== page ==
In FIG. 8E, the HTTP 8080 protocol thread is executed. If HTTP 8080 protocol is employed, HTTP data may be exchanged but only through port 8080, which may be the port on the client computer for communicating with the network. Through port 8080, the client typically directly connects to the server (in step 740). Thereafter, the client may begin sending a data request (i.e., a control request) to the server (step 742) using the HTTP 8080 protocol. The multiplexing and demultiplexing techniques that may be employed for communication through port 8080, as well as port 80 of FIG. 5D, have been discussed earlier and are not repeated here for brevity sake.

FIG. 9 illustrates, in accordance with one embodiment of the present invention, control thread 794 of FIG. 7. It should be emphasized that FIG. 7 is but one way of implementing the control thread; other techniques of implementing the control thread to facilitate autodetect should be apparent to those skilled in the art in view of this disclosure. In step 746, the thread determines whether the predefined timeout period has expired. The predefined timeout period may be any predefined duration (such as 7 seconds for example) from the time the data request is sent out to the server (e.g., step 722 of FIG. 8A). In one embodiment, each protocol thread has its own timeout period whose expiration occurs at the expiration of a predefined duration after the data request using that protocol has been sent out. When all the timeout periods associated with all the protocols have been accounted for, the timeout period for the autodetect technique is deemed expired.

If the timeout has occurred, the thread moves to step 754 wherein the most advantageous protocol among the set of protocols received back from the server is selected for communication. As mentioned, the selection of the most advantageous protocol may be performed in accordance with some predefined priority scheme, and data regarding the selected protocol may be saved for future communication sessions between this server and this client.

If no timeout has occurred, the thread proceeds to step 748 to wait for either data from the server or the expiration of the timeout period. If timeout occurs, the thread moves to step 754, which has been discussed earlier. If data is received from the server, the thread moves to step 750 to ascertain whether the protocol associated with the data received from the server is the predefined “best” protocol, e.g., in accordance with the predefined priority.

If the predefined “best” protocol (e.g., UDP in some real-time data rendering applications) is received, the thread preferably moves to step 754 to terminate the autodetect and to immediately begin using this protocol for data communication instead of waiting of the timeout expiration. Advantageously, the duration of the autodetect sequence may be substantially shorter than the predefined timeout period. In this manner, rapid autodetect of the most suitable protocol and rapid establishment of communication are advantageously facilitated.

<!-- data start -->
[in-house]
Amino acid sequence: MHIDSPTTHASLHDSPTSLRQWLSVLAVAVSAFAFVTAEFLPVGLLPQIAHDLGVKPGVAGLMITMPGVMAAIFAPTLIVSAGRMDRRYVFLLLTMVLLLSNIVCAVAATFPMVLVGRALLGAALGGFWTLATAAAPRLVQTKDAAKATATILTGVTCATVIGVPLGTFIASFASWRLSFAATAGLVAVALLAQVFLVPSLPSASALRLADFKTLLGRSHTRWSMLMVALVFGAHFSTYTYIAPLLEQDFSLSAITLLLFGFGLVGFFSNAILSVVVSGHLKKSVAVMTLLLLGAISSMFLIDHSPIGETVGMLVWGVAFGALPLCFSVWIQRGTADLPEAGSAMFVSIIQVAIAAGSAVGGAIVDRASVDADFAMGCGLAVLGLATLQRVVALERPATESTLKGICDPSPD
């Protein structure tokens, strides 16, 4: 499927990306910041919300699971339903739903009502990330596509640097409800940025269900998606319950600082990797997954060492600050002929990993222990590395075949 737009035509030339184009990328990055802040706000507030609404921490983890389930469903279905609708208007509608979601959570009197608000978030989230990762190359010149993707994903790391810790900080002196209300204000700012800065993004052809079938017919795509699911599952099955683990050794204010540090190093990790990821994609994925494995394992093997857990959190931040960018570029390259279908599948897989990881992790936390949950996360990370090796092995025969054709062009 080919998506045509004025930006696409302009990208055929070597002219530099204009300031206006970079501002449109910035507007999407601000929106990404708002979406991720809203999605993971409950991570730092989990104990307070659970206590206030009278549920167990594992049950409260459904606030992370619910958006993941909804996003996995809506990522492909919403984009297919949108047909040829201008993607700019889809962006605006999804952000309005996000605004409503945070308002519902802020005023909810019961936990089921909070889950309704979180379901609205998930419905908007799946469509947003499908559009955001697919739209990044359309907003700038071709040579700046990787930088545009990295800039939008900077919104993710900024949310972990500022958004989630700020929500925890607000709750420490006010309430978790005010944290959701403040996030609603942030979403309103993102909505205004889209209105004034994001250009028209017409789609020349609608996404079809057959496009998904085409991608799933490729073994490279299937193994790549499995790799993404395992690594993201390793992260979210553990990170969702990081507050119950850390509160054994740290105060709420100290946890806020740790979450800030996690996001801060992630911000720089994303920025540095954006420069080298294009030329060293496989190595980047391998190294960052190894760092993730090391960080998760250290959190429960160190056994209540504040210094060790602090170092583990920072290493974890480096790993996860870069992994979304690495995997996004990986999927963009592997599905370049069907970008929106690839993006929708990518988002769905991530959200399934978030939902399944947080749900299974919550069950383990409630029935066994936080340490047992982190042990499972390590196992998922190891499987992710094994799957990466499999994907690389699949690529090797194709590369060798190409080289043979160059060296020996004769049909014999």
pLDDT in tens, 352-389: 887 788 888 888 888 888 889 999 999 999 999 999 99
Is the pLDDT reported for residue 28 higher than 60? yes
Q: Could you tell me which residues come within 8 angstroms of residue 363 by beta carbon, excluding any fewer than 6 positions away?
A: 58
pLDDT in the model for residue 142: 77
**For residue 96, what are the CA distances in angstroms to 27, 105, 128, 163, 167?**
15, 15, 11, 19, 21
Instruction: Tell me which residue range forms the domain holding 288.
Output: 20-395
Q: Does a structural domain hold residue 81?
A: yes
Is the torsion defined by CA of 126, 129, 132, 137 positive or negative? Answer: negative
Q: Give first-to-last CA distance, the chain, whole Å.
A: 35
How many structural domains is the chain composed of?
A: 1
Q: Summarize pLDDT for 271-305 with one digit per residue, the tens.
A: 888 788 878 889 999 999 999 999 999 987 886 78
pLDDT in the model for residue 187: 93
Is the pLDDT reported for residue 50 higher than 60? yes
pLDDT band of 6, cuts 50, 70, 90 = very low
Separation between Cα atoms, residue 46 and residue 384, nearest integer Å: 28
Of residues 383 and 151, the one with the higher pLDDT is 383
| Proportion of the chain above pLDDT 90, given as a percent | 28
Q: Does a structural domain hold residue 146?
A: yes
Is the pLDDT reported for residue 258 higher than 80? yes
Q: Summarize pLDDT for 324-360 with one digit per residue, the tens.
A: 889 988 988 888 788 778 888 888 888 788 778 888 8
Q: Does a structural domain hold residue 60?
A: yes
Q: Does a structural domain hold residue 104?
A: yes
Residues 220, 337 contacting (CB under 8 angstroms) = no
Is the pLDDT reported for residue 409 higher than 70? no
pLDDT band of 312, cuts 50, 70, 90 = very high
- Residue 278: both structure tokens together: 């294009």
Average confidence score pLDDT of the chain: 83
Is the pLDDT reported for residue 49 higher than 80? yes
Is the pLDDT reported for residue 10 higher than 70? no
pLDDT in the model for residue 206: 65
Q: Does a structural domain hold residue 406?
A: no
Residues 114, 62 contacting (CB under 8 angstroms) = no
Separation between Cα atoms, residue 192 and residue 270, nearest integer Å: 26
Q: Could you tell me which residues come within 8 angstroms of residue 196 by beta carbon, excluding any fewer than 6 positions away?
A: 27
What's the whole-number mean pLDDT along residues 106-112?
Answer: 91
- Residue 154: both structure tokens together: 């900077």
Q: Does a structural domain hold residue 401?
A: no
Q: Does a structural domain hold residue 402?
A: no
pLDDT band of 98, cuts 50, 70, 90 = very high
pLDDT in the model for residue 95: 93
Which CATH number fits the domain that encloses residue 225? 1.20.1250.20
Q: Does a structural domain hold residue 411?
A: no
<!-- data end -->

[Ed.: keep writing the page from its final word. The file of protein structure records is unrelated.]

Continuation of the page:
If the predefined “best” protocol is not received in step 750, the thread proceeds to step 752 to add the received protocol to the received set. This received protocol set represents the set of protocols from which the “most advantageous” (relatively speaking) protocol is selected. The most advantageous protocol is ascertained relative to other protocols in the received protocol set irrespective whether it is the predefined “best” protocol in accordance with the predefined priority. As an example of a predefined protocol priority, UDP may be deemed to be best (i.e., the predefined best), followed by TCP, HTTP, then HTTP 80 and HTTP 8080 (the last two may be equal in priority). As mentioned earlier, the most advantageous protocol is selected from the received protocol set preferably upon the expiration of the predefined timeout period.

From step 752, the thread returns to step 746 to test whether the timeout period 25 has expired. If not, the thread continues along the steps discussed earlier.

Note that since the invention attempts to establish communication between the client application and the server computer in parallel, the time lag between the time the autodetect mechanism begins to execute and the time when the most advantageous protocol is determined is minimal. If communication attempts have been tried in serial, for example, the user would suffer the delay associated with each protocol thread in series, thereby disadvantageously lengthening the time period between communication attempt and successful establishment of communication.

The saving in time is even more dramatic in the event the network is congested or damaged. In some networks, it may take anywhere from 30 to 90 seconds before the client application realizes that an attempt to connect to the server (e.g., step 720, 726, 730, 736, or 740) has failed. If each protocol is tried in series, as is done in one embodiment, the delay may, in some cases, reach minutes before the user realizes that the network is unusable and attempts should be made at a later time.

By attempting to establish communication via the multiple protocols in parallel, network-related delays are suffered in parallel. Accordingly, the user does not have to wait for multiple attempts and failures before being able to ascertain that the network is unusable and an attempt to establish communication should be made at a later time. In one embodiment, once the user realizes that all parallel attempts to connect with the network and/or the proxies have failed, there is no need to make the user wait until the expiration of the timeout periods of each thread. In accordance with this embodiment, the user is advised to try again as soon as it is realized that parallel attempts to connect with the server have all failed. In this manner, less of the user's time is needed to establish optimal communication with a network.